Mar 08, 2016 rated it really liked it
Shelves: fiction, free
As far as I recall, it is the only book I have ever read whose movie adaptation does justice to the book. I read quite a great deal of Premchand books when I was a kid and no matter whether I liked them or not, I can't ever forget them. Most of them!

And Shatranj ke Khiladi is one of the few stories or novels that I happened to read again in my 20s, this one all thanks to the "Masculinities in Popular Culture & Literature" course that I took in my final year. That course was fun, all I had to do
May 25, 2015 rated it really liked it
This short story describes the life of Mir Ali and Mirza Ali, two people who are addicted to the game of chess. The
duration is around 1855-56 since the story mentions the capture of Wajid Ali Shah by the British. Vivid description and use of Lucknowi accent adds to the glamour of the story. Nevertheless a nice story.
Jul 18, 2015 rated it it was amazing
This short story of Premchand truly captures the reasons behind fall of Mughals and Rise of Britishers in the year 1856. Satyajit Ray brilliantly adapted it into a movie of same name. A very fine commentary of that period.
Mar 22, 2017 rated it liked it  ·  review of another edition
It wasn't as hard to read as I was expecting it to be! A decent read other than that. If you're also picking up Hindi literature for the first time since you left school, it might be a good idea to start with this one. It isn't too tedious. ...more
Aug 20, 2010 marked it as to-read
i want to know some of the tricks in chess
Premjish Achari
Aug 20, 2010 rated it it was amazing
Premchand's satire attacks the fallacy of the monarchs. And propounds the advent of a new age. ...more
Sep 20, 2010 added it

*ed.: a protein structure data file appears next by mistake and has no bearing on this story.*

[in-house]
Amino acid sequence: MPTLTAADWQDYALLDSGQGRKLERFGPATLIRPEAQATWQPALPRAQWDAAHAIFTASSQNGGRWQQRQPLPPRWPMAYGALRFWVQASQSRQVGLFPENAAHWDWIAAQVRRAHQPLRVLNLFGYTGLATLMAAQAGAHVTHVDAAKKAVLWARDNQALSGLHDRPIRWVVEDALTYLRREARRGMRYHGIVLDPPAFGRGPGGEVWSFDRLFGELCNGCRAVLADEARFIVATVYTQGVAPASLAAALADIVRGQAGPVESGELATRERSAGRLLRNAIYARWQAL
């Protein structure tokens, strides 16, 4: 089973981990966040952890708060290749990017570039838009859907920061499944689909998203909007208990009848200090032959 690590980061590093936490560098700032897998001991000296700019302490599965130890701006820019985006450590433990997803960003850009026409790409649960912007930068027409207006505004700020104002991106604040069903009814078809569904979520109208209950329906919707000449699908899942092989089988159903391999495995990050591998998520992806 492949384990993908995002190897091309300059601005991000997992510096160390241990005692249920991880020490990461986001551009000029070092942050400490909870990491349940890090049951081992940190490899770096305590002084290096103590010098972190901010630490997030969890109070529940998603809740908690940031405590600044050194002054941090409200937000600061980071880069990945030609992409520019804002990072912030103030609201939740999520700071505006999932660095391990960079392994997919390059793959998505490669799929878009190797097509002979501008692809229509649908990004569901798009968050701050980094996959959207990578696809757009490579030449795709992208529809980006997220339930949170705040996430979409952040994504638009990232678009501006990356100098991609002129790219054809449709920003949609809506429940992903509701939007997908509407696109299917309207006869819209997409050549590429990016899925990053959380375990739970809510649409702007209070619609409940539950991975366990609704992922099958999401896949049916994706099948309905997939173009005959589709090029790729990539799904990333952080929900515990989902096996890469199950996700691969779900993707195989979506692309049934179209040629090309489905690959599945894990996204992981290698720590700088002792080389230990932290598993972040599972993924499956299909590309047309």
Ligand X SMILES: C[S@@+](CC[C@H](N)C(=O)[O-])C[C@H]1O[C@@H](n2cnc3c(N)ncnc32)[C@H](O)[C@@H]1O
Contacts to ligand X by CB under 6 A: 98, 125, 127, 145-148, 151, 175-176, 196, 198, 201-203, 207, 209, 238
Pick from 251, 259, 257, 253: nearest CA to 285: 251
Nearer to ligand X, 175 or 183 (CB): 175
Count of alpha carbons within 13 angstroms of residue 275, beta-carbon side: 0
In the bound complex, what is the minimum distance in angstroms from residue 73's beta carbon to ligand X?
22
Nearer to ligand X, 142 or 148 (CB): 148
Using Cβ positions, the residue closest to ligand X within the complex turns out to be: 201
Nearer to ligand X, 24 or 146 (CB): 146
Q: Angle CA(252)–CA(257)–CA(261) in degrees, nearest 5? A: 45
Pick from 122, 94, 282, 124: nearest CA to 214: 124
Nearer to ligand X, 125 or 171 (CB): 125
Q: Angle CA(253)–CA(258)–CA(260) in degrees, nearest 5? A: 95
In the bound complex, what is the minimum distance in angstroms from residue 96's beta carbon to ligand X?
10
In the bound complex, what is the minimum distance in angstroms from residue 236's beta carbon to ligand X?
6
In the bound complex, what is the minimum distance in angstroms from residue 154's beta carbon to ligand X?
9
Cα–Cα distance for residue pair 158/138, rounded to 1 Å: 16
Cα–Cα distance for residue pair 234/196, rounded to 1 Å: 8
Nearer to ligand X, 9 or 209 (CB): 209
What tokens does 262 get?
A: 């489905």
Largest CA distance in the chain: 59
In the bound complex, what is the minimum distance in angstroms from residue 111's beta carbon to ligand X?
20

heard a lot about the let's dig in.. ...more
Rahul Ranjan
Apr 01, 2013 rated it it was amazing
Awesome Book. Too Good
Jun 20, 2013 rated it really liked it
The Chess Players is also a great film by Satyajit Ray.
Utkarsh Arya
Oct 09, 2015 rated it it was amazing
The master of story telling, captures the mood of the then Indian aristocracy in a subtle way.
Jaswant Singh
Jul 11, 2016 marked it as to-read
Sumeet Mahendra
After reading this amazing short story, I realized why my grandma never allowed to play Chess, she always believed in that story.
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Munshi Premchand (Hindi: मुंशी प्रेमचंद) was an Indian writer famous for his modern Hindustani literature. He is one of the most celebrated writers of the Indian subcontinent,and is regarded as one of the foremost Hindustani writers of the early twentieth century.

Born Dhanpat Rai, he began writing under the pen name "Nawab Rai", but subsequently switched to "Premchand", while he is also known as "

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14 likes · 1 comments
“यहाँ तक कि मिर्ज़ा की बेगम साहिबा को इससे इतना द्वेष था कि अवसर खोज-खोजकर पति को लताड़ती थीं। पर उन्हें इसका अवसर मुश्किल से मिलता था। वह सोती ही रहती थीं, तब तक उधर बाज़ी बिछ जाती थी। और” 3 likes
“मुहरा आप कयामत तक न छोड़ें, तो क्या चाल ही न होगी? फ़रज़ी पिटते देखा तो धाँधली करने लगे।” 3 likes